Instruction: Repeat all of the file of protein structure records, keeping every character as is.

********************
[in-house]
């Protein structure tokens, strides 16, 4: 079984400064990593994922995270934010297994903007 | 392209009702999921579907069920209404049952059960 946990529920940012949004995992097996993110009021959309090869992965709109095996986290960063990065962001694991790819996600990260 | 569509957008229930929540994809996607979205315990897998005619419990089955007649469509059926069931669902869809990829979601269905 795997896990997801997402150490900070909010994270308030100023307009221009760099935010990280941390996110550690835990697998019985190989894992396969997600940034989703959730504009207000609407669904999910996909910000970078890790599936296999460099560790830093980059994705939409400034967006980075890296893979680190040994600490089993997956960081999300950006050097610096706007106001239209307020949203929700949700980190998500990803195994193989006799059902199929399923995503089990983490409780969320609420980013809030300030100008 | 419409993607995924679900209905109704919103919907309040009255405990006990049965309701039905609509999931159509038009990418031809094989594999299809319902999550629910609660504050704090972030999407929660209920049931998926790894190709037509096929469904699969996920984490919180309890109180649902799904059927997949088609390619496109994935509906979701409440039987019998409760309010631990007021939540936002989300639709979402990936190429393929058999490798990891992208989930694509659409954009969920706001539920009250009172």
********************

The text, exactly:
[in-house]
């Protein structure tokens, strides 16, 4: 079984400064990593994922995270934010297994903007 | 392209009702999921579907069920209404049952059960 946990529920940012949004995992097996993110009021959309090869992965709109095996986290960063990065962001694991790819996600990260 | 569509957008229930929540994809996607979205315990897998005619419990089955007649469509059926069931669902869809990829979601269905 795997896990997801997402150490900070909010994270308030100023307009221009760099935010990280941390996110550690835990697998019985190989894992396969997600940034989703959730504009207000609407669904999910996909910000970078890790599936296999460099560790830093980059994705939409400034967006980075890296893979680190040994600490089993997956960081999300950006050097610096706007106001239209307020949203929700949700980190998500990803195994193989006799059902199929399923995503089990983490409780969320609420980013809030300030100008 | 419409993607995924679900209905109704919103919907309040009255405990006990049965309701039905609509999931159509038009990418031809094989594999299809319902999550629910609660504050704090972030999407929660209920049931998926790894190709037509096929469904699969996920984490919180309890109180649902799904059927997949088609390619496109994935509906979701409440039987019998409760309010631990007021939540936002989300639709979402990936190429393929058999490798990891992208989930694509659409954009969920706001539920009250009172």